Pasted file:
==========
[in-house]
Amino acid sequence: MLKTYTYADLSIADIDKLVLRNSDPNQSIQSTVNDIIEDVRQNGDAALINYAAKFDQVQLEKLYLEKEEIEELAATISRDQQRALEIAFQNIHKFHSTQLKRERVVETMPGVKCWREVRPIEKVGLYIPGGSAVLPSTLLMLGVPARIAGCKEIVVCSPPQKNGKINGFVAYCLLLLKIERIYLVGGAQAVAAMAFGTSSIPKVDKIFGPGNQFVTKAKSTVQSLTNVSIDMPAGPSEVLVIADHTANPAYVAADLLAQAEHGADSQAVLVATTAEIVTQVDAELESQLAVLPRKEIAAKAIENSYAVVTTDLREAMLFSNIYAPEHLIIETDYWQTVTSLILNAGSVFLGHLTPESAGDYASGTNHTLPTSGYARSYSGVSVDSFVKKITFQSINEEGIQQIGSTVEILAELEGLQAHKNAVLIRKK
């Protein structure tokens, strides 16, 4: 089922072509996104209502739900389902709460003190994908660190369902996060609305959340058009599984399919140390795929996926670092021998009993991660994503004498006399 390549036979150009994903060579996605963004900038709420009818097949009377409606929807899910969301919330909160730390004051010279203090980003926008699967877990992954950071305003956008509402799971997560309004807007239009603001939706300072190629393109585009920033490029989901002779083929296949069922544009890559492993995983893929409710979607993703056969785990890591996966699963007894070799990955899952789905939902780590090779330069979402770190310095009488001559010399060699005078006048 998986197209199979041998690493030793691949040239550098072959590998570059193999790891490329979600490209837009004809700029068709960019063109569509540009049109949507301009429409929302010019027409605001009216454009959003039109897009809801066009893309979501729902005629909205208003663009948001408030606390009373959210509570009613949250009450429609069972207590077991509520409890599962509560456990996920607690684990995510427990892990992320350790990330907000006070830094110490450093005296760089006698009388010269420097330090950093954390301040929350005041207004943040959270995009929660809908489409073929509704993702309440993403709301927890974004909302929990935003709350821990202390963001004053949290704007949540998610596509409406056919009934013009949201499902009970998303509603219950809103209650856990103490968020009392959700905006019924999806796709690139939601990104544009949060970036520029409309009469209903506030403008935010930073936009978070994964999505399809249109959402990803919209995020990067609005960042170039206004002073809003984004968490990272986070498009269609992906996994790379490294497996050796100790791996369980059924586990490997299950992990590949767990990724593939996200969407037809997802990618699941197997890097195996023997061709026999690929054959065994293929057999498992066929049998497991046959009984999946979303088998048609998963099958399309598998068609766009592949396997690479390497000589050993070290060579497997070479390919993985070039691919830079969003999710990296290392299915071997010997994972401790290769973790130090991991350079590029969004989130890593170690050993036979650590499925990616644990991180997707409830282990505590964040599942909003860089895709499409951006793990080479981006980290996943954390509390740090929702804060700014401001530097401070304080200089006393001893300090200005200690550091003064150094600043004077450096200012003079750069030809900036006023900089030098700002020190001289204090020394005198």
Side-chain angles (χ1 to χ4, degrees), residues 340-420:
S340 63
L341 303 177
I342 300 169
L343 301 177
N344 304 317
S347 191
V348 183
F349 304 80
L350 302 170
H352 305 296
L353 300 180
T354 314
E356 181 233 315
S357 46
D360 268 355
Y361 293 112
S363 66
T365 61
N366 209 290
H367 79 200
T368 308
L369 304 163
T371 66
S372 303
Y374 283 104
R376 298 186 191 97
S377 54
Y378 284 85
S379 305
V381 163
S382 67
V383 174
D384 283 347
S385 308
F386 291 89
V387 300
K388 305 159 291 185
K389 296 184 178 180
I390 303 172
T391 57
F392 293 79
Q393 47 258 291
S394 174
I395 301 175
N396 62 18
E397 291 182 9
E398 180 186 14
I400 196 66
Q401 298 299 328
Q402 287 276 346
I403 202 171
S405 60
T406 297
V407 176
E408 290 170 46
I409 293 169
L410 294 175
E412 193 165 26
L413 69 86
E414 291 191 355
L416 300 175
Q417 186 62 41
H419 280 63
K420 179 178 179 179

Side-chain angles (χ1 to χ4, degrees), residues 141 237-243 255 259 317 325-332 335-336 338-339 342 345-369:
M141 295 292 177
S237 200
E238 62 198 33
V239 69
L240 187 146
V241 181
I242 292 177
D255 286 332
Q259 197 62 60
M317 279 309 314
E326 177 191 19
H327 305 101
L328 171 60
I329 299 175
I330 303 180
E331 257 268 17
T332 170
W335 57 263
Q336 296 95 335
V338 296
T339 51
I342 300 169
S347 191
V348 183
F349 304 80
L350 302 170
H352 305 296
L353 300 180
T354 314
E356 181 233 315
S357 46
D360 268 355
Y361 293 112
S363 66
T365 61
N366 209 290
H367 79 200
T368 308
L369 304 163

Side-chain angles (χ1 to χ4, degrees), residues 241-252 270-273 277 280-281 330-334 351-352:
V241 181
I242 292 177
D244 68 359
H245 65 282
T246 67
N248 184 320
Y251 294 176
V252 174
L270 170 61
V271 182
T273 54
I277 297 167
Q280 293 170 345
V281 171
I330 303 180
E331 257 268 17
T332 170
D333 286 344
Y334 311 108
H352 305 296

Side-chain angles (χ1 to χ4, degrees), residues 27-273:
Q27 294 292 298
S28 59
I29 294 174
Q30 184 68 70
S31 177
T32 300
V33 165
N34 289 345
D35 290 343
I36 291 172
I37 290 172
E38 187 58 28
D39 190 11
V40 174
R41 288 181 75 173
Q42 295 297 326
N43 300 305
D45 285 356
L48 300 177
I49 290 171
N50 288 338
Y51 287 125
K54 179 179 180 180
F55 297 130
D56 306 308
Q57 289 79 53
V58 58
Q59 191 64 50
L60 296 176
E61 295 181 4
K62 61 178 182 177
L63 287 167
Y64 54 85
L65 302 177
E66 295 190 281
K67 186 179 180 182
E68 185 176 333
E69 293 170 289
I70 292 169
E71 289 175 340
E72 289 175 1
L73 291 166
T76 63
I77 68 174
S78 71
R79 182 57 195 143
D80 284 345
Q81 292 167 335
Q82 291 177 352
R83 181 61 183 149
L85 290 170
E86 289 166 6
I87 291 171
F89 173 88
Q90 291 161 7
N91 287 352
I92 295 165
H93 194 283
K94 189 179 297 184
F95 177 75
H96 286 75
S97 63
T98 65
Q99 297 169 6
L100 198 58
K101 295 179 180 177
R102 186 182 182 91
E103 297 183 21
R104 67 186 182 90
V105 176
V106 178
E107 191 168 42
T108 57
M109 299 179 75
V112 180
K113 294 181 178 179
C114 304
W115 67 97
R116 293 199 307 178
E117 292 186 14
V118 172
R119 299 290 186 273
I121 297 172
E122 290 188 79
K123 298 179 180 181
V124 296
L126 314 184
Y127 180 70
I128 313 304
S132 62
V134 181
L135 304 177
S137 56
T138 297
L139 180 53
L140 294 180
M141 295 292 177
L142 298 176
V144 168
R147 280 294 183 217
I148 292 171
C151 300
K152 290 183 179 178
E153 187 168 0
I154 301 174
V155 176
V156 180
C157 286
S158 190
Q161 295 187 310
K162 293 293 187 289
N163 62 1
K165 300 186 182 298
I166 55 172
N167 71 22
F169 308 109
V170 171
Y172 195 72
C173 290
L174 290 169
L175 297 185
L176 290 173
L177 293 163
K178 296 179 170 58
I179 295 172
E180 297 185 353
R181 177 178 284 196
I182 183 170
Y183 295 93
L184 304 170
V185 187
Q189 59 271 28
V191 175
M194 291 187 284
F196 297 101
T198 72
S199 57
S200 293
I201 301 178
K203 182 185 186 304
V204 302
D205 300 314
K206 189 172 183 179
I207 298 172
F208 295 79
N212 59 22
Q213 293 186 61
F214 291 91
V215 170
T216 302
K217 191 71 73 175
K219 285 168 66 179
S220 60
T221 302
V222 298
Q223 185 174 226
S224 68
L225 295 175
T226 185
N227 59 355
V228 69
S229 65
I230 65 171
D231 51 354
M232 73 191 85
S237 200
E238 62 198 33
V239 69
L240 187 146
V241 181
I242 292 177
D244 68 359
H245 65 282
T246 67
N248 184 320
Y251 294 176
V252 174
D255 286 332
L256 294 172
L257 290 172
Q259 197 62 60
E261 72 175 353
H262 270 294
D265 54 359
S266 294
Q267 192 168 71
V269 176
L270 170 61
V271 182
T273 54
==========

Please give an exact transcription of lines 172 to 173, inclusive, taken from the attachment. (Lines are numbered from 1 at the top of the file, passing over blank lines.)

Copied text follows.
L73 291 166
T76 63